Author Topic: Downrigger's from Definace  (Read 3733 times)

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Offline xplorz

Re: Downrigger's from Definace
« Reply #25 on: January 12, 2014, 07:02:48 PM »
That's a good point Al. A little off subject, but the old school train of thought of going slow for kings has been changing in recent years. But I think that's because so many people don't use bait as much anymore. I have talked to some guys that will troll at 3-3.5 mph with certain gear for kings. That was unheard of 25 years ago.
-Shawn

That's the low end of commercial troll speed for chinook slamon and has been even when I was in the single digits age wise (late 60's) on my dads old double ended troller.
'89 Arima Sea Chaser 17, 98 Honda horses.

Offline yellowlab

Re: Downrigger's from Definace
« Reply #26 on: January 12, 2014, 08:52:40 PM »
Use the orange bead stops if you're using braid, which I highly recommend. Tie them with a double palomar knot and use 3 stops with a dab of super glue to keep them from sliding. Braid is quiet, doesn't give off any current, and doesn't splinter like cable. I also use a snubber (Goldstar Green), 12# finned balls, good Sampo ball bearing swivels on flashers. I do not like the Scotty releases. I'd never found them to be the correct tension, either too loose or too tight, even with adjusting the clip or swapping out the pads. I highly recommend the heavy off shore release that John's Sporting Goods makes. I also use a small gaff and have marks on the wooden handle with intervals marks at 16", 22", 24" and 36", you'll never need a tape to fumble around while determining if a fish is worthy of the box. Oh, and I use a little surgical tubing on the release clip holds to keep them from sliding up or down the braid. Someone mentioned having a spare belt on board, I found this to be of wise info. Last summer we were 30 miles out and one belt failed and wouldn't you know it, the fishing was HOT. It took more time having to swap the belt from one rigger to the other as we had to filter through wild Coho after Coho trying to get our legal limits. Now, I carry spare parts aboard and make sure the riggers are working properly.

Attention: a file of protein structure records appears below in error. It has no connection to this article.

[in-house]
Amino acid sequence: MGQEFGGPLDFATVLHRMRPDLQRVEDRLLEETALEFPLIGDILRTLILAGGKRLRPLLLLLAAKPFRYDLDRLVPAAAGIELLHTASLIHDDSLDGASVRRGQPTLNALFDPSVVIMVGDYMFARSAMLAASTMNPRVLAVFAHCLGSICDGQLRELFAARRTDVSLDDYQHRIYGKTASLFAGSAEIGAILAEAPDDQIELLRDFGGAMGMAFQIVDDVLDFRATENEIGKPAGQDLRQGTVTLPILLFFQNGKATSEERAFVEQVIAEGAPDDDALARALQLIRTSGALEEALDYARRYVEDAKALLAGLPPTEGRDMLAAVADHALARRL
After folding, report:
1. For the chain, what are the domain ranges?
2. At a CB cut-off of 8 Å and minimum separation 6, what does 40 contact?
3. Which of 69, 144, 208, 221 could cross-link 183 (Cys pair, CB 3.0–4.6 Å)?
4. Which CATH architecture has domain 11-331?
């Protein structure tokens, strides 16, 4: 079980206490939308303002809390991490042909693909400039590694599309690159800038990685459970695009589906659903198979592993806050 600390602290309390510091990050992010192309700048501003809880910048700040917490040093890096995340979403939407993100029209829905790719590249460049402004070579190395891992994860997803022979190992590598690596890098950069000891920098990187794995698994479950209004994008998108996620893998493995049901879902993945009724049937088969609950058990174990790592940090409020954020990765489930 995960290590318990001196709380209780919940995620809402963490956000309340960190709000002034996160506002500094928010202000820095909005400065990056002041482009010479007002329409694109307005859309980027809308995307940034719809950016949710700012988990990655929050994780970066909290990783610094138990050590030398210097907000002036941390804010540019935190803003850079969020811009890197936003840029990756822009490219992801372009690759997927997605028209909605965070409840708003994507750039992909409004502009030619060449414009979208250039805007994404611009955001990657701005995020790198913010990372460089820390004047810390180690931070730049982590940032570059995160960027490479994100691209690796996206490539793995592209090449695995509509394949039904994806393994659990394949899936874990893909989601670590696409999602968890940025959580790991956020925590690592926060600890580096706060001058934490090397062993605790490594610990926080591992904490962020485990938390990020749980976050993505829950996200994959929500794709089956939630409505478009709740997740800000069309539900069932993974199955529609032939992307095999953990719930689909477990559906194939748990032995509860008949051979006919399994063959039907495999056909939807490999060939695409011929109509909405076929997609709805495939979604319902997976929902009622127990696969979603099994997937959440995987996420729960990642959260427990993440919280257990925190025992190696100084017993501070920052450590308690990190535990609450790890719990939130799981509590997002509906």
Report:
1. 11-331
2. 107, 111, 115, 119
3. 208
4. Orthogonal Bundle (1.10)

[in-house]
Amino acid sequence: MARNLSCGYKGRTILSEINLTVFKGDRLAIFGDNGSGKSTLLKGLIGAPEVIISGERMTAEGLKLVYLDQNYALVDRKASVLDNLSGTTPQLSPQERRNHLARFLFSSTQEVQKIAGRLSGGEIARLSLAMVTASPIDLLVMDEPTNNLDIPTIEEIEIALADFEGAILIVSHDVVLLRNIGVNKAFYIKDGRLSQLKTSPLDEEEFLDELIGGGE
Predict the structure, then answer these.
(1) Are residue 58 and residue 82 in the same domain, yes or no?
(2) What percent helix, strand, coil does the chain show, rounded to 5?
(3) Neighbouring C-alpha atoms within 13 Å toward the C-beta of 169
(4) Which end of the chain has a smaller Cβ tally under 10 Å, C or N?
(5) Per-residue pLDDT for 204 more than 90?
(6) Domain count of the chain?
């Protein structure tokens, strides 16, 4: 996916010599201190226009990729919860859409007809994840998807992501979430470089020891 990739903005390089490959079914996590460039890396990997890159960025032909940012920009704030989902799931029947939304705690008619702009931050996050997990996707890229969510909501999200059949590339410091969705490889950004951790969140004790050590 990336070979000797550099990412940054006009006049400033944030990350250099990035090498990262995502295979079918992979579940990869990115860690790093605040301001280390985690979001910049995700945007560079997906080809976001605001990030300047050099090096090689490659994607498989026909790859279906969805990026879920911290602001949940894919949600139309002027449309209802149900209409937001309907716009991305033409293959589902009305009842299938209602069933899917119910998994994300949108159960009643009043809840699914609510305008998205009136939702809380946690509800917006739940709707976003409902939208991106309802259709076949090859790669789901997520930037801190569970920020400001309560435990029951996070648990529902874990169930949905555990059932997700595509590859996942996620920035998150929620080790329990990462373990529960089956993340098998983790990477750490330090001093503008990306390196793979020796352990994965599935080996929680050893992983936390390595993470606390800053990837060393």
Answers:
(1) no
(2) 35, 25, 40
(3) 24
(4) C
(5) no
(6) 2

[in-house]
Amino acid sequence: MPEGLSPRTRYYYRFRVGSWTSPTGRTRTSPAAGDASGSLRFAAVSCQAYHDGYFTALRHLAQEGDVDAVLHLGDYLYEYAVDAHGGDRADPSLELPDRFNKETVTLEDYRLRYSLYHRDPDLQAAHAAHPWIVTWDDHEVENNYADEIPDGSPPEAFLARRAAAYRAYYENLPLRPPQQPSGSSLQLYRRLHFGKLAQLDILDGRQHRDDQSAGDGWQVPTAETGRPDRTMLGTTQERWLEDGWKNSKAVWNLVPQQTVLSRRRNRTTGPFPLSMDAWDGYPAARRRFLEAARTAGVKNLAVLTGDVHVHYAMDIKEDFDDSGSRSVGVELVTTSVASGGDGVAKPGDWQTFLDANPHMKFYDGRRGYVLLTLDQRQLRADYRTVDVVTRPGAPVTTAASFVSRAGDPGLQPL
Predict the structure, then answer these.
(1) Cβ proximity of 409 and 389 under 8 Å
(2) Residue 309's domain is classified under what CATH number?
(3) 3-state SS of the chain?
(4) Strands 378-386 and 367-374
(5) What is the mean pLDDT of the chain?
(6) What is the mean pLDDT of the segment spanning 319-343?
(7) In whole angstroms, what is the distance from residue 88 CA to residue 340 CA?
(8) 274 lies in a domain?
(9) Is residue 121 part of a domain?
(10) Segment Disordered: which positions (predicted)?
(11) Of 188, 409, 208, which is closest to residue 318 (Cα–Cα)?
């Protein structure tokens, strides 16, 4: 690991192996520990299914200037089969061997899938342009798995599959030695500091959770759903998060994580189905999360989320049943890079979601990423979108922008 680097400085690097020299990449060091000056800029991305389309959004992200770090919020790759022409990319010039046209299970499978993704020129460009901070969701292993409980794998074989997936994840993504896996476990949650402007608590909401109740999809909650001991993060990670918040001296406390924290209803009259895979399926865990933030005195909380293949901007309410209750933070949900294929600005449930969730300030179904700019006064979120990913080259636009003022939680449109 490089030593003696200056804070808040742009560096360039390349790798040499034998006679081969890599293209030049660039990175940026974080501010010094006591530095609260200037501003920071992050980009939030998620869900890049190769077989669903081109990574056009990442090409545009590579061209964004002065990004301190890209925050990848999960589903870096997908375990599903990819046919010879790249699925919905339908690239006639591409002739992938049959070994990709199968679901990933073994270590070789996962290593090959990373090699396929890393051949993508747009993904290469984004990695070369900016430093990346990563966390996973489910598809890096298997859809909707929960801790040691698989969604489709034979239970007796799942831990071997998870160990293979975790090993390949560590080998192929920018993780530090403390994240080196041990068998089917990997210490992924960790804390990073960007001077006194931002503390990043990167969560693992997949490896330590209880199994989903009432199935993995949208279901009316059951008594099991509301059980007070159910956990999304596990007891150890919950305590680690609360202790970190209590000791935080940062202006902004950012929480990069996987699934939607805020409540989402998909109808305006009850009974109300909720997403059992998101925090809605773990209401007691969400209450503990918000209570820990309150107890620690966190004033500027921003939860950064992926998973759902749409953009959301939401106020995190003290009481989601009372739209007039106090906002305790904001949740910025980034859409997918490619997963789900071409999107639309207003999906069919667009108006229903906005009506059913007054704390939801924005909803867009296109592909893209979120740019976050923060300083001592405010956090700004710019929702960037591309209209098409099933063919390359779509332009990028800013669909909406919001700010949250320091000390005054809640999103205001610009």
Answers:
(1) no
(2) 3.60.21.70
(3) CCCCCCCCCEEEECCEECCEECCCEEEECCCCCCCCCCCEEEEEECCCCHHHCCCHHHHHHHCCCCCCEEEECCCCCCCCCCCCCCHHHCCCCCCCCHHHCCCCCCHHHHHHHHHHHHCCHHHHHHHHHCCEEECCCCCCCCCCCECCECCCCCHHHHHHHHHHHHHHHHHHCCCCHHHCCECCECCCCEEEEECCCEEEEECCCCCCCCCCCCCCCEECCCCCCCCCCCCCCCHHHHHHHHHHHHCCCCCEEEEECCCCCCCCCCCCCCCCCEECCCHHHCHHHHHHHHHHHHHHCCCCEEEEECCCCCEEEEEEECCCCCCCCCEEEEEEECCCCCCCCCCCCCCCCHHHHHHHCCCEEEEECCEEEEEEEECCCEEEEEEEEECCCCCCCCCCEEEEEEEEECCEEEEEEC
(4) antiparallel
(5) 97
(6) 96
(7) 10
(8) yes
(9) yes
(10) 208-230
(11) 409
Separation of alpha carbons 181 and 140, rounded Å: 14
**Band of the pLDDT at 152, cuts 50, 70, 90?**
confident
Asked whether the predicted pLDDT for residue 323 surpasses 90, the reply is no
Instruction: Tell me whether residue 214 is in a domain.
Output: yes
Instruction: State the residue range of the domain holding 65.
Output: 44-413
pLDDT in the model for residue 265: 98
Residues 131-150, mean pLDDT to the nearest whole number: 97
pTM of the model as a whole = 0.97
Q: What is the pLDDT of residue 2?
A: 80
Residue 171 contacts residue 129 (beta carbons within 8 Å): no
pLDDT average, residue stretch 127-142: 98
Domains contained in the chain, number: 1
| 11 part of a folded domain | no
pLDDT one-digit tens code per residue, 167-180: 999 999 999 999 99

21' Sea Ranger Skip Tower, 150 VTEC FI Honda, Salt Boss with Yamaha T8 on 703 controller, hot box plumbed and Marine Tech P2. Solas 4-blade 14.75x15 aluminum prop.

My First Arima was a 17' Sea Chaser Skip Tower with Honda 90 and 8  kicker

Offline wedocq

Re: Downrigger's from Definace
« Reply #27 on: January 12, 2014, 10:04:26 PM »
That's a good point Al. A little off subject, but the old school train of thought of going slow for kings has been changing in recent years. But I think that's because so many people don't use bait as much anymore. I have talked to some guys that will troll at 3-3.5 mph with certain gear for kings. That was unheard of 25 years ago.
-Shawn

That's the low end of commercial troll speed for chinook slamon and has been even when I was in the single digits age wise (late 60's) on my dads old double ended troller.

Yup! My Grandfather was a sport troller, and he trolled fast as well. I think it was because he fished plugs, and they needed the speed. But anytime we sport fished, it was with herring, and very slow.
-Shawn
2002 21' Arima Sea Ranger HT  Suzuki DF175 4-stroke.
WEDOCQ= WE DO SEKIU! It pays homage to my Uncle Jay who died of cancer.

Online Markshoreline

Re: Downrigger's from Definace
« Reply #28 on: January 12, 2014, 10:18:54 PM »
yellowlab,
That is great advice!  I've been frustrated by the stops slipping but never thought about tying them into place and gluing them too!  Also like your measurement marks on the gaff to easily ID short fish and release them.
I prefer the blue Scotty snubber because it is shorter and our hulls are so low...
In 20 years I've never had a belt fail but always carry a spare anyway.
I've had great luck with the Scotty releases with the yellow lips.  The trick is with high drag gear, such as flashers is to pull the clip back to that it gets in to super-hold range.

I've heard that trollers routinely run at 6 mph.